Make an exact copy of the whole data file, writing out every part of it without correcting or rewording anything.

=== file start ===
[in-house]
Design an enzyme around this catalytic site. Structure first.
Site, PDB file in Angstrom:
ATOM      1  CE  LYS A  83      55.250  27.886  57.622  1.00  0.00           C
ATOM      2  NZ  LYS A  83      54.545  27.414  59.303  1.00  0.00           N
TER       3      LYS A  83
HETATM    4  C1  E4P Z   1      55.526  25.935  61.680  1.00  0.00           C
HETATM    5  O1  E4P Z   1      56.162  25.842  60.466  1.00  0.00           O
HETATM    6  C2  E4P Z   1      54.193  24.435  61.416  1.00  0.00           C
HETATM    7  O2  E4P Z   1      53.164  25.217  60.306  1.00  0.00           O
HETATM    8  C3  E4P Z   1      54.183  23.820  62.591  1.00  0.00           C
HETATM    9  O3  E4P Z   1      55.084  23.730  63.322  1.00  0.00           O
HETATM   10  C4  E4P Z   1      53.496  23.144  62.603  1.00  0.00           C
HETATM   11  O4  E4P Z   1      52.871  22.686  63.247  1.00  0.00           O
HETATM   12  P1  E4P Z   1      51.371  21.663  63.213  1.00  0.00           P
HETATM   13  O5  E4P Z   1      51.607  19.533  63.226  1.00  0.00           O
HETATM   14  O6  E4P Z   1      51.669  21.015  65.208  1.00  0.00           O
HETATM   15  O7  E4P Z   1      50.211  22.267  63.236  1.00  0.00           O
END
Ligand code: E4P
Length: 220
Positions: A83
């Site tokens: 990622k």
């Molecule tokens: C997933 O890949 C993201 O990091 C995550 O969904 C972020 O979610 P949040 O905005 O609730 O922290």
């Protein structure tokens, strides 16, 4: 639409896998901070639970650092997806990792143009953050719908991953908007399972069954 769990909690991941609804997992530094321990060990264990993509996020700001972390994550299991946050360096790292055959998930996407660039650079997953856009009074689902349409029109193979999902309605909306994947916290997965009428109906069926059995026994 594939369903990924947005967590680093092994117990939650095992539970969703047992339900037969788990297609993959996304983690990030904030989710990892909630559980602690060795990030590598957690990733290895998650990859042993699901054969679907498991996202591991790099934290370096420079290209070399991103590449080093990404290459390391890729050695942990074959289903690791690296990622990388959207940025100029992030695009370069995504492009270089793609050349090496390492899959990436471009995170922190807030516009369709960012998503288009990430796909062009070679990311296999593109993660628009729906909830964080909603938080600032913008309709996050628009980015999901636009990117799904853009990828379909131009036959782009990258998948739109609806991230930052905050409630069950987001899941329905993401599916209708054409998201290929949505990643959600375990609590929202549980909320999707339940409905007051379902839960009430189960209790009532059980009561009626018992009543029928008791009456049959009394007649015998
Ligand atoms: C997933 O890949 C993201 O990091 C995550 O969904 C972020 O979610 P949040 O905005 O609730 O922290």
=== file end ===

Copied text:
[in-house]
Design an enzyme around this catalytic site. Structure first.
Site, PDB file in Angstrom:
ATOM      1  CE  LYS A  83      55.250  27.886  57.622  1.00  0.00           C
ATOM      2  NZ  LYS A  83      54.545  27.414  59.303  1.00  0.00           N
TER       3      LYS A  83
HETATM    4  C1  E4P Z   1      55.526  25.935  61.680  1.00  0.00           C
HETATM    5  O1  E4P Z   1      56.162  25.842  60.466  1.00  0.00           O
HETATM    6  C2  E4P Z   1      54.193  24.435  61.416  1.00  0.00           C
HETATM    7  O2  E4P Z   1      53.164  25.217  60.306  1.00  0.00           O
HETATM    8  C3  E4P Z   1      54.183  23.820  62.591  1.00  0.00           C
HETATM    9  O3  E4P Z   1      55.084  23.730  63.322  1.00  0.00           O
HETATM   10  C4  E4P Z   1      53.496  23.144  62.603  1.00  0.00           C
HETATM   11  O4  E4P Z   1      52.871  22.686  63.247  1.00  0.00           O
HETATM   12  P1  E4P Z   1      51.371  21.663  63.213  1.00  0.00           P
HETATM   13  O5  E4P Z   1      51.607  19.533  63.226  1.00  0.00           O
HETATM   14  O6  E4P Z   1      51.669  21.015  65.208  1.00  0.00           O
HETATM   15  O7  E4P Z   1      50.211  22.267  63.236  1.00  0.00           O
END
Ligand code: E4P
Length: 220
Positions: A83
């Site tokens: 990622k």
């Molecule tokens: C997933 O890949 C993201 O990091 C995550 O969904 C972020 O979610 P949040 O905005 O609730 O922290």
């Protein structure tokens, strides 16, 4: 639409896998901070639970650092997806990792143009953050719908991953908007399972069954 769990909690991941609804997992530094321990060990264990993509996020700001972390994550299991946050360096790292055959998930996407660039650079997953856009009074689902349409029109193979999902309605909306994947916290997965009428109906069926059995026994 594939369903990924947005967590680093092994117990939650095992539970969703047992339900037969788990297609993959996304983690990030904030989710990892909630559980602690060795990030590598957690990733290895998650990859042993699901054969679907498991996202591991790099934290370096420079290209070399991103590449080093990404290459390391890729050695942990074959289903690791690296990622990388959207940025100029992030695009370069995504492009270089793609050349090496390492899959990436471009995170922190807030516009369709960012998503288009990430796909062009070679990311296999593109993660628009729906909830964080909603938080600032913008309709996050628009980015999901636009990117799904853009990828379909131009036959782009990258998948739109609806991230930052905050409630069950987001899941329905993401599916209708054409998201290929949505990643959600375990609590929202549980909320999707339940409905007051379902839960009430189960209790009532059980009561009626018992009543029928008791009456049959009394007649015998
Ligand atoms: C997933 O890949 C993201 O990091 C995550 O969904 C972020 O979610 P949040 O905005 O609730 O922290």